David Warner, the British actor who has appeared in numerous films and television shows, including Titanic and The Omen, has died of cancer-related illness at age 80. Warner's family reported the news "with an overwhelmingly heavy hart," according to The Guardian. The family's statement reads, "Over the past 18 months he approached his diagnosis with a characteristic grace and dignity … He will be missed hugely by us, his family and friends, and remembered as a kind-hearted, generous and compassionate man, partner and father, whose legacy of extraordinary work has touched the lives of so many over the years. We are heartbroken."
Warner's profile began to rise with his critically acclaimed performance as Hamlet in British theater. In 1976, he starred in the horror movie The Omen. In the 1980s, he started to become a mainstay of sci-fi cinema, appearing in 1981's Time Bandits, 1982's Tron, and two Star Trek movies, Star Trek V: The Final Frontier and Star Trek VI: The Undiscovered Country. In the latter, he played the key role of Klingon Chancellor Gorkon. In the 1990s, he played Spicer Lovejoy in James Cameron's box office behemoth Titanic, and more recently, he played Admiral Boon in Disney's Marry Poppins revival, Mary Poppins Returns.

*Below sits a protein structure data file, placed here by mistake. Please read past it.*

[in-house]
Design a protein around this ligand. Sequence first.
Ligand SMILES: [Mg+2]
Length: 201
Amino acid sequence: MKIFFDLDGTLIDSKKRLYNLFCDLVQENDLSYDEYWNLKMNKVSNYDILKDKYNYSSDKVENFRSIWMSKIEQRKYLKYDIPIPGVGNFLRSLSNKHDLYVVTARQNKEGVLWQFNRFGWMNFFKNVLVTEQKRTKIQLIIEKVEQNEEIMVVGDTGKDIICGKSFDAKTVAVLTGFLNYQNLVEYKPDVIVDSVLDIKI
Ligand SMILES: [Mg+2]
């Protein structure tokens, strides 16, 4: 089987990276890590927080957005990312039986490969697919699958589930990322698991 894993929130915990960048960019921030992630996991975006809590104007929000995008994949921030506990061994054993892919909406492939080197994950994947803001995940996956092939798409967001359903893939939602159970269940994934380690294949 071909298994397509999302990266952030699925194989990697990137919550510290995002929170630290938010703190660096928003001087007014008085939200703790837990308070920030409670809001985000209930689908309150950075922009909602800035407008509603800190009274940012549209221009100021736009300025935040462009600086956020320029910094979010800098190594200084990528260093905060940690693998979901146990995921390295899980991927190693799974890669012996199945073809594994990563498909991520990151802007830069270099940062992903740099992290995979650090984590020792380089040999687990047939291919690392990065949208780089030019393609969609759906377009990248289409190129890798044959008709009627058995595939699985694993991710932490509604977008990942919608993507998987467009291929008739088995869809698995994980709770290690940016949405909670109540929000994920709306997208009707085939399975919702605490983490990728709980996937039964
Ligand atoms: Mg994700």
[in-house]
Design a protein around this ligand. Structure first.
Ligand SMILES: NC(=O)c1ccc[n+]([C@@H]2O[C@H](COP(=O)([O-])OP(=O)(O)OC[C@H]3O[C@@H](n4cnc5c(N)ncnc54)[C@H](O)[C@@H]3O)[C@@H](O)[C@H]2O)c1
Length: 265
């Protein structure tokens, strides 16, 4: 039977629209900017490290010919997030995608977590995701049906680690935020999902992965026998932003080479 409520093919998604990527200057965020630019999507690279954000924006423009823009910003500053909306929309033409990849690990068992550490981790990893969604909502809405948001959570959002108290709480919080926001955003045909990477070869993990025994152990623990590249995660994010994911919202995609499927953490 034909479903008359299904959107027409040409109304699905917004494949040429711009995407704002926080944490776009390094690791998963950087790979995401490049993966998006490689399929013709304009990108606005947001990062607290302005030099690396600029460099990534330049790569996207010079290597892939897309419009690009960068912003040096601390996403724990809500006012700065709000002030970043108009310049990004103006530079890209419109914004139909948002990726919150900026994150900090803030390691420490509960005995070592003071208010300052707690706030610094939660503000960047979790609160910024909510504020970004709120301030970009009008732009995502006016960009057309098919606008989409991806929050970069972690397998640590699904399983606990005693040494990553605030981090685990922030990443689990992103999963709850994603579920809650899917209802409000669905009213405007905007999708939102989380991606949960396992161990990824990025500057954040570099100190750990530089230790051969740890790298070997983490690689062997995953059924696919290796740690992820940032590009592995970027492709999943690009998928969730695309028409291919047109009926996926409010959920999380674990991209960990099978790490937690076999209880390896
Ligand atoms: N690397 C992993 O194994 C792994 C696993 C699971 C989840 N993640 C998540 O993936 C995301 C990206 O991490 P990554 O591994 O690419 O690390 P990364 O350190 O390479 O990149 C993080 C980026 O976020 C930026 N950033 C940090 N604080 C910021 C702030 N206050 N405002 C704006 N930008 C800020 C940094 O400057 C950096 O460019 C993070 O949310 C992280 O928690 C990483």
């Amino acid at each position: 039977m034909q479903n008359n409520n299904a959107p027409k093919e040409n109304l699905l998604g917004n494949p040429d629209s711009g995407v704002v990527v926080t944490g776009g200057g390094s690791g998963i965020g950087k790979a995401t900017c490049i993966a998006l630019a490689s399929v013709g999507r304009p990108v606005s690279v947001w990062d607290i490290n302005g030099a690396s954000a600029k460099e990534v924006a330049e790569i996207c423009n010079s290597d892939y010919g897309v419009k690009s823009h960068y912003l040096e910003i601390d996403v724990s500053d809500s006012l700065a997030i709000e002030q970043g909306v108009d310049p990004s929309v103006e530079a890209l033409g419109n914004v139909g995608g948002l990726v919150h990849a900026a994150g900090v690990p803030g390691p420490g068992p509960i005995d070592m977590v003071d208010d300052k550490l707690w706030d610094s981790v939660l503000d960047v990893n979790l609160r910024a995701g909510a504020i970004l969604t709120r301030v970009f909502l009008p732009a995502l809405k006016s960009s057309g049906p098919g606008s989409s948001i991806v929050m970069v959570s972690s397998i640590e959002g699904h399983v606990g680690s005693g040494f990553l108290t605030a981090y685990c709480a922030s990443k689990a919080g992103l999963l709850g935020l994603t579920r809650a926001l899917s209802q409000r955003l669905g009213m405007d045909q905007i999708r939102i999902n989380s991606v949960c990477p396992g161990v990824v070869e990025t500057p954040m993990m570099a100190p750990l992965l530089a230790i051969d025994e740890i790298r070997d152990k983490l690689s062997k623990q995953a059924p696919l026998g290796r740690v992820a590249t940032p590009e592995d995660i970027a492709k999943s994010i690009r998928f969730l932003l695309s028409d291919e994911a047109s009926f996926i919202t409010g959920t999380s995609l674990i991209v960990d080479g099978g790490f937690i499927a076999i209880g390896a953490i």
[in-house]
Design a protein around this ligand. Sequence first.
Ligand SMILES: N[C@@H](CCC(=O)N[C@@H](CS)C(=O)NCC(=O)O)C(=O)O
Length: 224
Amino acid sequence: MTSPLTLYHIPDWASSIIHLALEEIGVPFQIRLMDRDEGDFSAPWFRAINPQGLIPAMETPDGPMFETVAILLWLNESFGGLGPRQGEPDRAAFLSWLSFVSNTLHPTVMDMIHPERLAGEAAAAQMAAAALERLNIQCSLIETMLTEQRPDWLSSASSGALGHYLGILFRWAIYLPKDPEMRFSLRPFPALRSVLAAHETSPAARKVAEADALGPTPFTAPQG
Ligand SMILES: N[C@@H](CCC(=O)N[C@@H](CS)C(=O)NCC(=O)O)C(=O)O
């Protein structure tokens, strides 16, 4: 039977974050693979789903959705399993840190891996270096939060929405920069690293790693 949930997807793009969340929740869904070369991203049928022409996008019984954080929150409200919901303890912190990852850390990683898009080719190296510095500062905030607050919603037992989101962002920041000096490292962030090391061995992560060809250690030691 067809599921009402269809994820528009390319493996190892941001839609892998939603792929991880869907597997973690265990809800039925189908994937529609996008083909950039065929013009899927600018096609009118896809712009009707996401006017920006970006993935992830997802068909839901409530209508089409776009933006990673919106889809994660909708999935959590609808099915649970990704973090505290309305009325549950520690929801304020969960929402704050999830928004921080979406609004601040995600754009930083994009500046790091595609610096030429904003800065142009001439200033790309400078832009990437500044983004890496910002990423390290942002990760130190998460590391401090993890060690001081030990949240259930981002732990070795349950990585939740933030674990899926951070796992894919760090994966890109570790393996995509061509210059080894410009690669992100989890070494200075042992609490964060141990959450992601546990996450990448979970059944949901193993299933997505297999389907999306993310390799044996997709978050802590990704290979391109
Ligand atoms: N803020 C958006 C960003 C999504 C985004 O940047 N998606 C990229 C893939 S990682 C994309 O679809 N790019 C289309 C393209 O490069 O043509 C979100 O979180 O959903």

Warner also has many television credits to his name, both in live-action and voicing for animation. For many, he'll be best known as Gul Madred, the Cardassian interrogator who elicited the memorably defiant line "There are four lights" from Capt. Picard (Patrick Stewart) in the Star Trek: The Next Generation episode "Chain of Command." For others, he's the voice of the villain Ra's al Ghul in Batman: The Animated Series.
Warner also guest-starred in the modern Doctor Who episode "Cold War." He's also loaned his voice to Doctor Who audio stories, playing an alternate timeline version of the Doctor in Big Finish Production's Doctor Who Unbound series. Christopher Eccleston, Doctor Who's Ninth Doctor, recently revealed that he recorded a special Doctor Who audio story to celebrate the show's 60th anniversary in 2023. He told fans he took the gig specifically to work with Warner, heaping praise on his co-star.
"I did something very special for the 60th anniversary and for me it was all about working with this incredible actor an incredible human being called David Warner," Eccleston said at a recent convention. "I think the 60th is is my favorite and you're gonna have to wait but it's going to be worked away because David Warner is extraordinary and if any actor should have been the Doctor it would have been David."